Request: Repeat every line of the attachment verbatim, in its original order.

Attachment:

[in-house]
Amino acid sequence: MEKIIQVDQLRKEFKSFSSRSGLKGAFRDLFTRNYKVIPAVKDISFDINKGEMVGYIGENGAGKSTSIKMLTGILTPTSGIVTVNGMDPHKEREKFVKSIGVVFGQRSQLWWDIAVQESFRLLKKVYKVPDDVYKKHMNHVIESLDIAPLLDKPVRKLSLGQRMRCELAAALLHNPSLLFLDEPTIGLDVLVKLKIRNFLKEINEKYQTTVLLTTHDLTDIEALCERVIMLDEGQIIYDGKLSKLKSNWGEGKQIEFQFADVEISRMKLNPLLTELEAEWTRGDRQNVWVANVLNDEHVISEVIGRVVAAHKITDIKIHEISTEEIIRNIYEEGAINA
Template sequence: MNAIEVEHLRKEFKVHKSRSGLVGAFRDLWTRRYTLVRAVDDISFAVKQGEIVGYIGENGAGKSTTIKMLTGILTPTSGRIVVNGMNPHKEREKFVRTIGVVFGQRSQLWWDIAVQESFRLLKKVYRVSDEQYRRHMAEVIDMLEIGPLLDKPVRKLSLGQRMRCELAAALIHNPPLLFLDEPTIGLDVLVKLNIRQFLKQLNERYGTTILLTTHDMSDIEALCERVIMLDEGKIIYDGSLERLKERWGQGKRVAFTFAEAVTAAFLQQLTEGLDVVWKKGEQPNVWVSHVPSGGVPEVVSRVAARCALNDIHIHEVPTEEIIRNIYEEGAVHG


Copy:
[in-house]
Amino acid sequence: MEKIIQVDQLRKEFKSFSSRSGLKGAFRDLFTRNYKVIPAVKDISFDINKGEMVGYIGENGAGKSTSIKMLTGILTPTSGIVTVNGMDPHKEREKFVKSIGVVFGQRSQLWWDIAVQESFRLLKKVYKVPDDVYKKHMNHVIESLDIAPLLDKPVRKLSLGQRMRCELAAALLHNPSLLFLDEPTIGLDVLVKLKIRNFLKEINEKYQTTVLLTTHDLTDIEALCERVIMLDEGQIIYDGKLSKLKSNWGEGKQIEFQFADVEISRMKLNPLLTELEAEWTRGDRQNVWVANVLNDEHVISEVIGRVVAAHKITDIKIHEISTEEIIRNIYEEGAINA
Template sequence: MNAIEVEHLRKEFKVHKSRSGLVGAFRDLWTRRYTLVRAVDDISFAVKQGEIVGYIGENGAGKSTTIKMLTGILTPTSGRIVVNGMNPHKEREKFVRTIGVVFGQRSQLWWDIAVQESFRLLKKVYRVSDEQYRRHMAEVIDMLEIGPLLDKPVRKLSLGQRMRCELAAALIHNPPLLFLDEPTIGLDVLVKLNIRQFLKQLNERYGTTILLTTHDMSDIEALCERVIMLDEGKIIYDGSLERLKERWGQGKRVAFTFAEAVTAAFLQQLTEGLDVVWKKGEQPNVWVSHVPSGGVPEVVSRVAARCALNDIHIHEVPTEEIIRNIYEEGAVHG